THOMASVILLE — Cleanup was well under way Thursday afternoon in Thomasville following an early morning storm that spawned tornado touchdowns in the area, city officials said.

Thomasville City Manager Steve Sykes gave an update on the city’s condition Thursday afternoon.

“With the damage path of this storm, we had so much property damage with very little injury,” he said.

The major areas of damage in the city coverage area were Baytree Estates, Crestwood Drive, Cindy Drive, Metcalfe Road, Magnolia Road, Tall Pines, Brookwood School and the landfill.

Sykes did not have a monetary estimate of the damage within the city limits at press time, but said the city typically reports damages to the local emergency management agency, which reports to Georgia Emergency Management Agency.

Utilities are a main cleanup priority.

“Right now we are focused primarily in restoring power on Pinetree Boulevard for the Southwestern State Hospital campus. Our goal is to have that completed by dark. Then, we have Magnolia Road near Crestwood and Pinewood that we are trying to complete by the end of the day. We have a utilities distribution line down that runs along Magnolia. Then, we have Metcalfe Road, which goes out to A Place in the Woods and other subdivisions, and that line is being repaired. We hope to have it back this evening.”

Then, crews will focus on the Tall Pines subdivision in the Cardinal Ridge area and Brookwood School, he said. Baytree Estates is not expected to be up again until some time over the weekend.

“We currently have about 600 customers without power,” Sykes said. “That number will go down during the evening as we get those services back on. Some customers will still be out of power as repairs are made.”

Trees in roads had been cleared to make them passable, but traffic is being restricted in and out of Baytree Estates because of the significant damage to that neighborhood, he said.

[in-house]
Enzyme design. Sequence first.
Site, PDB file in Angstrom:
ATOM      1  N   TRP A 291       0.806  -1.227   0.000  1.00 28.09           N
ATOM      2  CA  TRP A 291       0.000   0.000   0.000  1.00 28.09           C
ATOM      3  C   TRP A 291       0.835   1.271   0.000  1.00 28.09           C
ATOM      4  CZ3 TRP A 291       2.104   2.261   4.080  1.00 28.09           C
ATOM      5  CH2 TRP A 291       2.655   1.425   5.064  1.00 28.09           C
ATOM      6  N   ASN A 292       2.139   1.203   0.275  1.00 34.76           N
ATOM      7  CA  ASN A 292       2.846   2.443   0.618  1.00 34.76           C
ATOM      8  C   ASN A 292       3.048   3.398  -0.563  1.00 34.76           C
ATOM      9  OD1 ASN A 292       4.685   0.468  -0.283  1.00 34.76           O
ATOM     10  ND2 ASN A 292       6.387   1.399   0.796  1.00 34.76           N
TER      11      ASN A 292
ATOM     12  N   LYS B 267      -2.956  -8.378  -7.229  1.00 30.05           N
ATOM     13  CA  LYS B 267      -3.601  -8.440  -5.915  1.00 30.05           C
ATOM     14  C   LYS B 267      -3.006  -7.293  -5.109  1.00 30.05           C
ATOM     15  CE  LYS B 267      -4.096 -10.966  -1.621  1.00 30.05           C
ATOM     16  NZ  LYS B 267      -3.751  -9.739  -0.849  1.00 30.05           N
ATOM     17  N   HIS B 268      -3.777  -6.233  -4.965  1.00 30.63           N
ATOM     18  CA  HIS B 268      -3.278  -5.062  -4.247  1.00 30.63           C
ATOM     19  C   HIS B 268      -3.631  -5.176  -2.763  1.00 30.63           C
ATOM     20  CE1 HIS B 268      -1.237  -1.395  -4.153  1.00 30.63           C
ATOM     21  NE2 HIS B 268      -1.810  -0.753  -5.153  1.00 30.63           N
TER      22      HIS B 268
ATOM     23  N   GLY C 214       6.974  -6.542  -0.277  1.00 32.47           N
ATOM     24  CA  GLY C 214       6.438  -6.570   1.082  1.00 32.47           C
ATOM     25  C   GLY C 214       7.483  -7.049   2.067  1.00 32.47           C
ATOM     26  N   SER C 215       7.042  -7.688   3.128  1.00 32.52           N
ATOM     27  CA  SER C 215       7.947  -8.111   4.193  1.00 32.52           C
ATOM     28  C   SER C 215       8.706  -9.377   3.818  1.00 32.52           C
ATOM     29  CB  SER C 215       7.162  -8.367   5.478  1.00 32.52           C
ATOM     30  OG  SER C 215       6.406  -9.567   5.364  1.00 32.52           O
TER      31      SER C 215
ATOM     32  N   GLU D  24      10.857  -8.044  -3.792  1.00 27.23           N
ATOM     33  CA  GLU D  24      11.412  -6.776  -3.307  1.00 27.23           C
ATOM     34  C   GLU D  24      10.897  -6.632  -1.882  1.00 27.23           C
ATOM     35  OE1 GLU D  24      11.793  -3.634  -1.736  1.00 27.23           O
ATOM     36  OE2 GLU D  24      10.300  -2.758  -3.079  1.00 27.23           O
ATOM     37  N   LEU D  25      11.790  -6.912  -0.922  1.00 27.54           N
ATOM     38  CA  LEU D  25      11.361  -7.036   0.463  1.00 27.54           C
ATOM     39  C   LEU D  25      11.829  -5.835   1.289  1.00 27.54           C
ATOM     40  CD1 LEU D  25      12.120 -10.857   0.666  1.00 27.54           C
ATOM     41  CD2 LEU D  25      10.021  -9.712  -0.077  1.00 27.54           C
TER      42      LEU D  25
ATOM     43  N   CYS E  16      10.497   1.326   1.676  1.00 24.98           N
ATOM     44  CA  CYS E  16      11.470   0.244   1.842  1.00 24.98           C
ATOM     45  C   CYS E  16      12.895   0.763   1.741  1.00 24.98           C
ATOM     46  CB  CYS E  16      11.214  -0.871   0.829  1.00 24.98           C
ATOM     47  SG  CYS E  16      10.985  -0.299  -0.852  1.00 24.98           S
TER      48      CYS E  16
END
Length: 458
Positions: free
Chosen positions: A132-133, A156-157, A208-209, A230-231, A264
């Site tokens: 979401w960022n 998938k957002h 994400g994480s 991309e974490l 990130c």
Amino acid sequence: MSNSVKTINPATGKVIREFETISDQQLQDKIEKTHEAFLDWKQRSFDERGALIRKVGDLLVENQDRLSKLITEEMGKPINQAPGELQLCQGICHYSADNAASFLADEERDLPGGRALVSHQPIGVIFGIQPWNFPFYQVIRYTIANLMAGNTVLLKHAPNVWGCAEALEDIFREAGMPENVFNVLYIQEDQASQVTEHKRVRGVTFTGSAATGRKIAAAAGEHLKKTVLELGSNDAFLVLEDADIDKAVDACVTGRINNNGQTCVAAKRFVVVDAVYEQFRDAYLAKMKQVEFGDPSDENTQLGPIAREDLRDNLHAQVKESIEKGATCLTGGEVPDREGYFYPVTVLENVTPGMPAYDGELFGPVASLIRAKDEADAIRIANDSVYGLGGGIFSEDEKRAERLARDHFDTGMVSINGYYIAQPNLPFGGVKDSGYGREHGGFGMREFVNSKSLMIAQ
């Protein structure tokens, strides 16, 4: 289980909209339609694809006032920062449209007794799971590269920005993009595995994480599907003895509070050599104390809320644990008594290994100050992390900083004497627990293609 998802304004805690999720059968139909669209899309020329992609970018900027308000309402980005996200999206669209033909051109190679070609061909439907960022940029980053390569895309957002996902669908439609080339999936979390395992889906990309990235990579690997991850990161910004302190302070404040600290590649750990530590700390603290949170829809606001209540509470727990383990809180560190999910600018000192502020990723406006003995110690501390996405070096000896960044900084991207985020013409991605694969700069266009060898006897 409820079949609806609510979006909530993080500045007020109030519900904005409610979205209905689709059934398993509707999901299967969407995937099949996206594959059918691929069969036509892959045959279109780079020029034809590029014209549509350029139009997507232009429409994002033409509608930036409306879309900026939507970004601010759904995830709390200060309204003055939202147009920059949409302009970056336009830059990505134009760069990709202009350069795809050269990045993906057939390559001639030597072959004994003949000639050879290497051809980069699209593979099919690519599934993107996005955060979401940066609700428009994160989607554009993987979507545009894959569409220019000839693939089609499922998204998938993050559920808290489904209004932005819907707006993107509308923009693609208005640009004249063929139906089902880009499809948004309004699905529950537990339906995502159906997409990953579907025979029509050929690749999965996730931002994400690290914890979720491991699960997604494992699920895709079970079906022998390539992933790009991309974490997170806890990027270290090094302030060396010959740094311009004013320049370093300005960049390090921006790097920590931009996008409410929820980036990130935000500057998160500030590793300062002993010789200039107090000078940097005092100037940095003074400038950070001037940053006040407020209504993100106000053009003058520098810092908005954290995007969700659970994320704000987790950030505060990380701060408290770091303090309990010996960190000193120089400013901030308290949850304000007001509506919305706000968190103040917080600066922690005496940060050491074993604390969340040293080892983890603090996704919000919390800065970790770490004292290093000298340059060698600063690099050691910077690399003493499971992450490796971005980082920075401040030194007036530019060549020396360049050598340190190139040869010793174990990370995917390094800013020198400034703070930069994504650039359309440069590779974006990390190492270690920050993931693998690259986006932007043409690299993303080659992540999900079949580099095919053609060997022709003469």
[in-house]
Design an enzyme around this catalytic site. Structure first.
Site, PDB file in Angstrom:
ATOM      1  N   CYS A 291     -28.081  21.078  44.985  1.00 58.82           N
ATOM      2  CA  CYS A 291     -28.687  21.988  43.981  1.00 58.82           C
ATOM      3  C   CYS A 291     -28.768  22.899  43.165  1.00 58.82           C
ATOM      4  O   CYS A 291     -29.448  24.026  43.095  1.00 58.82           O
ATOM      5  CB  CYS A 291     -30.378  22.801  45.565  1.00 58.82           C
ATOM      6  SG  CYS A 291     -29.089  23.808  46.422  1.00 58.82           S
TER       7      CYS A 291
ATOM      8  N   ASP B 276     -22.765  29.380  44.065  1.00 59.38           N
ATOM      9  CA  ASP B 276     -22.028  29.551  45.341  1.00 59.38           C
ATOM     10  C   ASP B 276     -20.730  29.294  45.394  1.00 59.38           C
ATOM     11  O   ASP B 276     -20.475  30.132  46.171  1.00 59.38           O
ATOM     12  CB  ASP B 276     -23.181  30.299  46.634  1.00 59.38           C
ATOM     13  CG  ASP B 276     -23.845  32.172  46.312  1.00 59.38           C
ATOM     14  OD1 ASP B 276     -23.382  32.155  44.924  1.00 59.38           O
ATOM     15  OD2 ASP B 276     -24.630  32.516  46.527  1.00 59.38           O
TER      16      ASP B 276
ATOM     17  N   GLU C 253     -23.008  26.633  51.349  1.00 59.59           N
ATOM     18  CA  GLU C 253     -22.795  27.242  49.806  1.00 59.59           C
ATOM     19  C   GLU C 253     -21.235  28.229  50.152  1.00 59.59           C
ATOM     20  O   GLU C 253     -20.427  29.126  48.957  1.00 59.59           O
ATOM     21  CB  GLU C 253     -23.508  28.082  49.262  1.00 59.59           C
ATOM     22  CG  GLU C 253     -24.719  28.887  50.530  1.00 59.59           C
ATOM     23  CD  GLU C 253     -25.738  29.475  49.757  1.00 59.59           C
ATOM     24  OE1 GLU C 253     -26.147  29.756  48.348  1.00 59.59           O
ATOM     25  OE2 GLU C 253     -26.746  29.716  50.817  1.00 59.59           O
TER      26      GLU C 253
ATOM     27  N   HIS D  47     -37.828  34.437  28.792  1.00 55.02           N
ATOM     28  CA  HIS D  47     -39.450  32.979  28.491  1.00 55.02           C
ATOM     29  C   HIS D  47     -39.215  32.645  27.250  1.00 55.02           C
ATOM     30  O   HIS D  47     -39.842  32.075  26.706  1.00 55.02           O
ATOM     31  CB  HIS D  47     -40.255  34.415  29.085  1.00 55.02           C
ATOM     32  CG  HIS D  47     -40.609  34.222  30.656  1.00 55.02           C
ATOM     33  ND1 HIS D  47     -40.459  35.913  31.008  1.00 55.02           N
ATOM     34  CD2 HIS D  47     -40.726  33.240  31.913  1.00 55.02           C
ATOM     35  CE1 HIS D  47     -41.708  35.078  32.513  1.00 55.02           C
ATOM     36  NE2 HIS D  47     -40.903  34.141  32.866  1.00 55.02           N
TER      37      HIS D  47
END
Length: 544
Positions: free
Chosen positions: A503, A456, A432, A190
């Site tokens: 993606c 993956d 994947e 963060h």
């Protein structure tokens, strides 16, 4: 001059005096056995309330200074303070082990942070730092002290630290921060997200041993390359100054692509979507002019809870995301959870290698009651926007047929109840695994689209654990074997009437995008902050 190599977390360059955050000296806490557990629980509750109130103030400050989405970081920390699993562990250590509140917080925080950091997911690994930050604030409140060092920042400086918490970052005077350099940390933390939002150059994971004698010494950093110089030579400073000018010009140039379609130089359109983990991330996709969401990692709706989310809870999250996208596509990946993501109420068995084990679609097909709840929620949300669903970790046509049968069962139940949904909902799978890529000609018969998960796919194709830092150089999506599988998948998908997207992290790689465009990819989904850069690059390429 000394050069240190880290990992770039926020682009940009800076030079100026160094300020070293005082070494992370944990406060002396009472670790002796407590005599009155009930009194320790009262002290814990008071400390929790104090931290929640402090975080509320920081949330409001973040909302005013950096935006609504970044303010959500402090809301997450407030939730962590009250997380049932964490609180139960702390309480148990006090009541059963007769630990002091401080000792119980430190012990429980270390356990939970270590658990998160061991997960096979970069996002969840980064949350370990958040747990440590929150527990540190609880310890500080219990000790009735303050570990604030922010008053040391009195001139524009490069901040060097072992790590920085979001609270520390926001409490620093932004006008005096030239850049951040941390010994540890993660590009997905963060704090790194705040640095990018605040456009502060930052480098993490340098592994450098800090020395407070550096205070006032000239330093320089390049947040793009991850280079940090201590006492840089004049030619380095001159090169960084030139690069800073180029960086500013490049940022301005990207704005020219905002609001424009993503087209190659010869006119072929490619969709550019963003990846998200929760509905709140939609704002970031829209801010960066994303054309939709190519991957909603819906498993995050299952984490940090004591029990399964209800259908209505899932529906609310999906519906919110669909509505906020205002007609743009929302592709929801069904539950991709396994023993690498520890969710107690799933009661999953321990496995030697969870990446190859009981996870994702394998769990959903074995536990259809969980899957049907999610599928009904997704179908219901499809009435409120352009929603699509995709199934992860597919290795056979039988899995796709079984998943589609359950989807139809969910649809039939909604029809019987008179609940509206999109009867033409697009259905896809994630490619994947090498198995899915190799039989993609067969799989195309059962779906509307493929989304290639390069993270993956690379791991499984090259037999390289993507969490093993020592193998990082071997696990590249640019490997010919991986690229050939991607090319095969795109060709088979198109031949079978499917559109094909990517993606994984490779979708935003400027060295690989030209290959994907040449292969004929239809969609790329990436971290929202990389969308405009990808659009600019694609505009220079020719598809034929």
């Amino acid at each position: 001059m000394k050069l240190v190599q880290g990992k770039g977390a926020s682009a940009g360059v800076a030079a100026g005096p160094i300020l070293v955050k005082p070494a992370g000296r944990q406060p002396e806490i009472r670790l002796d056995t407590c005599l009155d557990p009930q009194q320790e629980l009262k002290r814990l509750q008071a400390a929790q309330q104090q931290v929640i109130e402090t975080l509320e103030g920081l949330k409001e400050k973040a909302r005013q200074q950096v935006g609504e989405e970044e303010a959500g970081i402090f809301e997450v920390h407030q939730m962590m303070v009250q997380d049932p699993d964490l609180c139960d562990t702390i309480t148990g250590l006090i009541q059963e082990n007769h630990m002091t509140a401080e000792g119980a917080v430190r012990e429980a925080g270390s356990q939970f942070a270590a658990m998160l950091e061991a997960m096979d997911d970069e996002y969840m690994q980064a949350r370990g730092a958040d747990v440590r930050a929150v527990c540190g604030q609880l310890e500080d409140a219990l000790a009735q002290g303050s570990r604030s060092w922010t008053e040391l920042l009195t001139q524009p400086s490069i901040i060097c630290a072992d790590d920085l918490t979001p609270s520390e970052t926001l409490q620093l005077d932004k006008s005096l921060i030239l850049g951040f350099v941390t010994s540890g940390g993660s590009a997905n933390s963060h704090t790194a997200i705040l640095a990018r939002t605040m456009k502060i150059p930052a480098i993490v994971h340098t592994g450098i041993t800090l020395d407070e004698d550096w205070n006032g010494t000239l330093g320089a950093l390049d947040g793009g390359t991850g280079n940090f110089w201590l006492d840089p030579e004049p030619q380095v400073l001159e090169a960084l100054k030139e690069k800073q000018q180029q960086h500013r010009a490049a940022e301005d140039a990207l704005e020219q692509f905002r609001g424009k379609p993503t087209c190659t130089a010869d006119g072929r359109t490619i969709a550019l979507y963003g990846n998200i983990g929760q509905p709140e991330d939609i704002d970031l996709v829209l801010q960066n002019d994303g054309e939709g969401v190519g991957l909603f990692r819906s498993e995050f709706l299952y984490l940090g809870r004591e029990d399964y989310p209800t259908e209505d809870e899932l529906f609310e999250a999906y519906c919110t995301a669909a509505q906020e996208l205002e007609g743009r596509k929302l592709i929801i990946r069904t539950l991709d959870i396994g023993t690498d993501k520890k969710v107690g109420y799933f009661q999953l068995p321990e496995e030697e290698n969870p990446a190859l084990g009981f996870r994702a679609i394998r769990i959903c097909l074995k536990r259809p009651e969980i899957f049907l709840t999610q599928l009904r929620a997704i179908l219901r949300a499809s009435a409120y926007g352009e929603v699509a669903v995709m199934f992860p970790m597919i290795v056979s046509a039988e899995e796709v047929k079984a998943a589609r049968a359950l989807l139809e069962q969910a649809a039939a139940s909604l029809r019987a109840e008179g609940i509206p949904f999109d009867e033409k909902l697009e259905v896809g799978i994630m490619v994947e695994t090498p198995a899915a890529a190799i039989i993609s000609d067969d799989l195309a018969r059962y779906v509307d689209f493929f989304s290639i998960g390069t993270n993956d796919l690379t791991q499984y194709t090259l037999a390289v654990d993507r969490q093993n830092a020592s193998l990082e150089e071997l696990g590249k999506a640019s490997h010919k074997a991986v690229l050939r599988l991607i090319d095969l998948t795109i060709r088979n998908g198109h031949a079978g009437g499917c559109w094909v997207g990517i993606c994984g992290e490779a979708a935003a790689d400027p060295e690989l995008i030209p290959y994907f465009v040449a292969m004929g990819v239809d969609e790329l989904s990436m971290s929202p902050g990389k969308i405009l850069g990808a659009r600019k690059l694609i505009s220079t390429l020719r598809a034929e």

“We are assisting residents in Baytree retrieve personal items, but once they get out we are not allowing them back in the house if it is uninhabitable. If their home is inhabitable and they want to stay there without power during the weekend, that is their choice. The important thing right now is safety and security.”

It was estimated that about 56 tons of debris had been collected as of mid-afternoon.

Most of the damage was to homes or structures, with some equipment damaged in a storage facility at the landfill and extensive damage to parts of Brookwood School.

The school was closed Thursday and will be closed today. Plans are to reopen on Monday.

“Initial assessments show extensive damage to the preschool building, Stoddard Gymnasium, the drama building and Crozer Cafeteria,” Brookwood Headmaster Mike Notaro said. “Current assessments allow for operation of all facilities — except the preschool building, the drama building and Stoddard Gymnasium on Monday. These classes are being relocated on campus.”

Cleanup is under way at the campus, the headmaster said, and visits to the campus are not advised.

“Brookwood School thanks the Thomasville community for its warm outpouring of support after the storm,” Notaro said.

Sykes urged those who do not have business in the storm-affected areas to stay out of them.

“If you do not have business in these areas where damage has been done, please avoid going because all the traffic is doing is making it more difficult for repair by utilities crews and local officials who are trying to get these areas back to normal to the people that live there,” he said. “It’s created some traffic congestion, and it is dangerous.”

The city manager said the National Weather Service did “an outstanding job” of forecasting and warning residents of the storm. He felt early indications there could be tornado activity — along with accurate time estimates — and its alerting the public of this helped prepare the community to weather the storm.

“CNS Cable System does have a pre-emptive warning that, if there is a weather situation, it will override the programming and an audible voice will come on saying there is a warning,” Sykes said. “I know it happened last night around 12:30 a.m. or so because I was watching television when it came on.”

Sykes thanked all the local first responders and utilities crews, as well as neighboring cities and counties for their aid in storm cleanup. These include Cairo, Moultrie, Blakely, Fitzgerald, Crisp County, Tallahassee, Camilla, Douglas and Albany.

Mayor David Lewis said an event like this temporarily trumps other current concerns such as taxes or the stimulus package.

“These are issues we should be concerned about, but they don’t match that of a natural disaster,” he said.

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